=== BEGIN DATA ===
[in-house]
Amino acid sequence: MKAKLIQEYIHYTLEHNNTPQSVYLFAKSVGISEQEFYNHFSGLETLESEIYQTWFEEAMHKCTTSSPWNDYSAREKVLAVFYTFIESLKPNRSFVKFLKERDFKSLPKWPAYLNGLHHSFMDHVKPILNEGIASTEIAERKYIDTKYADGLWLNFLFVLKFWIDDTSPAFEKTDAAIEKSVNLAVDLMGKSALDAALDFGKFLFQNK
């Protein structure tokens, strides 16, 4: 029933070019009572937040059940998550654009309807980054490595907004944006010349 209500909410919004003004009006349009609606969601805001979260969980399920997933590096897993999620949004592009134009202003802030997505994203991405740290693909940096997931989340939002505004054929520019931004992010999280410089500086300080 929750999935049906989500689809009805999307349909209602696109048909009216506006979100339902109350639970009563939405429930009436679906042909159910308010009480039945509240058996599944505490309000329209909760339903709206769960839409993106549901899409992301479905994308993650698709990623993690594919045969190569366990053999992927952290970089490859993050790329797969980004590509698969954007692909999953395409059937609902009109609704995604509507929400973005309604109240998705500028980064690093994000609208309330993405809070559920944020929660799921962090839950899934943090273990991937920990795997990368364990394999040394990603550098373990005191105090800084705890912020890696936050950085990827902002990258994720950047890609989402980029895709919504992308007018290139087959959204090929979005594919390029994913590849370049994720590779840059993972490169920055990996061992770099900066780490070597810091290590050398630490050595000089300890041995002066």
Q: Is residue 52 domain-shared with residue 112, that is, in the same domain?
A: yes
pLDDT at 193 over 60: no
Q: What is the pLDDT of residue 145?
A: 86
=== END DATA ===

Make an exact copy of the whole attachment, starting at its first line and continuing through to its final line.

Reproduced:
[in-house]
Amino acid sequence: MKAKLIQEYIHYTLEHNNTPQSVYLFAKSVGISEQEFYNHFSGLETLESEIYQTWFEEAMHKCTTSSPWNDYSAREKVLAVFYTFIESLKPNRSFVKFLKERDFKSLPKWPAYLNGLHHSFMDHVKPILNEGIASTEIAERKYIDTKYADGLWLNFLFVLKFWIDDTSPAFEKTDAAIEKSVNLAVDLMGKSALDAALDFGKFLFQNK
């Protein structure tokens, strides 16, 4: 029933070019009572937040059940998550654009309807980054490595907004944006010349 209500909410919004003004009006349009609606969601805001979260969980399920997933590096897993999620949004592009134009202003802030997505994203991405740290693909940096997931989340939002505004054929520019931004992010999280410089500086300080 929750999935049906989500689809009805999307349909209602696109048909009216506006979100339902109350639970009563939405429930009436679906042909159910308010009480039945509240058996599944505490309000329209909760339903709206769960839409993106549901899409992301479905994308993650698709990623993690594919045969190569366990053999992927952290970089490859993050790329797969980004590509698969954007692909999953395409059937609902009109609704995604509507929400973005309604109240998705500028980064690093994000609208309330993405809070559920944020929660799921962090839950899934943090273990991937920990795997990368364990394999040394990603550098373990005191105090800084705890912020890696936050950085990827902002990258994720950047890609989402980029895709919504992308007018290139087959959204090929979005594919390029994913590849370049994720590779840059993972490169920055990996061992770099900066780490070597810091290590050398630490050595000089300890041995002066």
Q: Is residue 52 domain-shared with residue 112, that is, in the same domain?
A: yes
pLDDT at 193 over 60: no
Q: What is the pLDDT of residue 145?
A: 86